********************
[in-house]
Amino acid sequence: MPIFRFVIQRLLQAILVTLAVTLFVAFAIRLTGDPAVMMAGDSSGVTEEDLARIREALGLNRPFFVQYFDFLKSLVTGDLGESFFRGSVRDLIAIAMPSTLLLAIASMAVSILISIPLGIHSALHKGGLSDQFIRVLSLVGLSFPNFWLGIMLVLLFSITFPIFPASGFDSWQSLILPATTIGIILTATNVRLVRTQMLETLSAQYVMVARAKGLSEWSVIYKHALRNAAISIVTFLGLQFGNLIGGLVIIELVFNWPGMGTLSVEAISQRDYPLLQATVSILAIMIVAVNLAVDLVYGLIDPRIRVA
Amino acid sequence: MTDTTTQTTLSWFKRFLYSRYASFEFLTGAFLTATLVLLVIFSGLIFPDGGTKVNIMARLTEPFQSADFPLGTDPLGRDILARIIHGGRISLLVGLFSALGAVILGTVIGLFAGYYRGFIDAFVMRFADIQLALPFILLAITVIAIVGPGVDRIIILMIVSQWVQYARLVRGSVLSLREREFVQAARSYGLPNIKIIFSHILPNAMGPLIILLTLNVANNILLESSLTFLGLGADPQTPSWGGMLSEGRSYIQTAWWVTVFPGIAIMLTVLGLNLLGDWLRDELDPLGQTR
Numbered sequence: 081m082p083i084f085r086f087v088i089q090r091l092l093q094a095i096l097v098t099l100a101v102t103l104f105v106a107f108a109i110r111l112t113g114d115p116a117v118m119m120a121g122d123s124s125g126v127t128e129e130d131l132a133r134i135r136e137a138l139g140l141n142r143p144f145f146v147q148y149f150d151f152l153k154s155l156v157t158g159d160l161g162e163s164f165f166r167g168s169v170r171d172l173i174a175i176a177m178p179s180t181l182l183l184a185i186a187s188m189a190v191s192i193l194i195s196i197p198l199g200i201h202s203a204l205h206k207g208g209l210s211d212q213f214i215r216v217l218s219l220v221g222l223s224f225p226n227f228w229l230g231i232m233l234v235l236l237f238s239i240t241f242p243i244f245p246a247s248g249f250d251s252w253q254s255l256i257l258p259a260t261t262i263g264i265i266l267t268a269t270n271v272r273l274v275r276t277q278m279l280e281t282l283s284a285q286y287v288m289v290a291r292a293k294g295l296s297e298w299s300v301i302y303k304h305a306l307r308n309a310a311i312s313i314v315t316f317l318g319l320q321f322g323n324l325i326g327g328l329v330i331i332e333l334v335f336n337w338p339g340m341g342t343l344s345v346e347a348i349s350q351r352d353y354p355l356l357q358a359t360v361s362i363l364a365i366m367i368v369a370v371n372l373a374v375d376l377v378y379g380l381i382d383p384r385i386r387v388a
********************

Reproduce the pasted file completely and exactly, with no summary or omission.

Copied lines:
[in-house]
Amino acid sequence: MPIFRFVIQRLLQAILVTLAVTLFVAFAIRLTGDPAVMMAGDSSGVTEEDLARIREALGLNRPFFVQYFDFLKSLVTGDLGESFFRGSVRDLIAIAMPSTLLLAIASMAVSILISIPLGIHSALHKGGLSDQFIRVLSLVGLSFPNFWLGIMLVLLFSITFPIFPASGFDSWQSLILPATTIGIILTATNVRLVRTQMLETLSAQYVMVARAKGLSEWSVIYKHALRNAAISIVTFLGLQFGNLIGGLVIIELVFNWPGMGTLSVEAISQRDYPLLQATVSILAIMIVAVNLAVDLVYGLIDPRIRVA
Amino acid sequence: MTDTTTQTTLSWFKRFLYSRYASFEFLTGAFLTATLVLLVIFSGLIFPDGGTKVNIMARLTEPFQSADFPLGTDPLGRDILARIIHGGRISLLVGLFSALGAVILGTVIGLFAGYYRGFIDAFVMRFADIQLALPFILLAITVIAIVGPGVDRIIILMIVSQWVQYARLVRGSVLSLREREFVQAARSYGLPNIKIIFSHILPNAMGPLIILLTLNVANNILLESSLTFLGLGADPQTPSWGGMLSEGRSYIQTAWWVTVFPGIAIMLTVLGLNLLGDWLRDELDPLGQTR
Numbered sequence: 081m082p083i084f085r086f087v088i089q090r091l092l093q094a095i096l097v098t099l100a101v102t103l104f105v106a107f108a109i110r111l112t113g114d115p116a117v118m119m120a121g122d123s124s125g126v127t128e129e130d131l132a133r134i135r136e137a138l139g140l141n142r143p144f145f146v147q148y149f150d151f152l153k154s155l156v157t158g159d160l161g162e163s164f165f166r167g168s169v170r171d172l173i174a175i176a177m178p179s180t181l182l183l184a185i186a187s188m189a190v191s192i193l194i195s196i197p198l199g200i201h202s203a204l205h206k207g208g209l210s211d212q213f214i215r216v217l218s219l220v221g222l223s224f225p226n227f228w229l230g231i232m233l234v235l236l237f238s239i240t241f242p243i244f245p246a247s248g249f250d251s252w253q254s255l256i257l258p259a260t261t262i263g264i265i266l267t268a269t270n271v272r273l274v275r276t277q278m279l280e281t282l283s284a285q286y287v288m289v290a291r292a293k294g295l296s297e298w299s300v301i302y303k304h305a306l307r308n309a310a311i312s313i314v315t316f317l318g319l320q321f322g323n324l325i326g327g328l329v330i331i332e333l334v335f336n337w338p339g340m341g342t343l344s345v346e347a348i349s350q351r352d353y354p355l356l357q358a359t360v361s362i363l364a365i366m367i368v369a370v371n372l373a374v375d376l377v378y379g380l381i382d383p384r385i386r387v388a